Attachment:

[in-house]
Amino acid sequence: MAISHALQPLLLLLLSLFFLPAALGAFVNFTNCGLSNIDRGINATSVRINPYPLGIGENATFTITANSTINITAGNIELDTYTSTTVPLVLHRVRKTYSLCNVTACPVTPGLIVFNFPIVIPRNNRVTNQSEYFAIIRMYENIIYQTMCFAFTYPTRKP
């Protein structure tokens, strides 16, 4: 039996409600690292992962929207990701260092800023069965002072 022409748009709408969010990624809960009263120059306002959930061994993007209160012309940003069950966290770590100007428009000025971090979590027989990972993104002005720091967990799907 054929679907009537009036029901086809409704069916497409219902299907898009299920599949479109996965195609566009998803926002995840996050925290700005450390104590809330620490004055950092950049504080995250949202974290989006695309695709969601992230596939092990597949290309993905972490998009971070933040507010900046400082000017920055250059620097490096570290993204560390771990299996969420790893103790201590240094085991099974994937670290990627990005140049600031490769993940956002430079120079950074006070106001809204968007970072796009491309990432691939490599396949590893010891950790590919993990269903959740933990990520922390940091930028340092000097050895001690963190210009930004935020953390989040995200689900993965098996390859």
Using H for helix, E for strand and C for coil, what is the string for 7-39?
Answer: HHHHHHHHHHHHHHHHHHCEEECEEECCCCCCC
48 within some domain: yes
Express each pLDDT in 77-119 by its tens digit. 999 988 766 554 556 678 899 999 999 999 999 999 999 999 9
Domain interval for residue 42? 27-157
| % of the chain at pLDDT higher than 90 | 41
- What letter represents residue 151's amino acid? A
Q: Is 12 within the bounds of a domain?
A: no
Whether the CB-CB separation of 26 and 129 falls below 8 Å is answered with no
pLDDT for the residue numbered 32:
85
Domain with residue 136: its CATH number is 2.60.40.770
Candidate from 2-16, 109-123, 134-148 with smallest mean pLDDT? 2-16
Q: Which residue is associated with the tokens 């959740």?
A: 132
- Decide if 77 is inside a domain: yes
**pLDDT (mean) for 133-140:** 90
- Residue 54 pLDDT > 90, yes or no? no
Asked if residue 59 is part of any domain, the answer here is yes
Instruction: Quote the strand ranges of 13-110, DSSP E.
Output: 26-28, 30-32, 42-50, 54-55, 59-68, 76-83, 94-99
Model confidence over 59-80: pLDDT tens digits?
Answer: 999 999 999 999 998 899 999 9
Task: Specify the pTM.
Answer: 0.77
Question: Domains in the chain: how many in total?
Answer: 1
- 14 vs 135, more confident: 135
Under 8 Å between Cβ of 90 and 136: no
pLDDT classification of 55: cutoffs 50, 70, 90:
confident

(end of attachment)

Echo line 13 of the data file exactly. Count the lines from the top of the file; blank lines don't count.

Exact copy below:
Whether the CB-CB separation of 26 and 129 falls below 8 Å is answered with no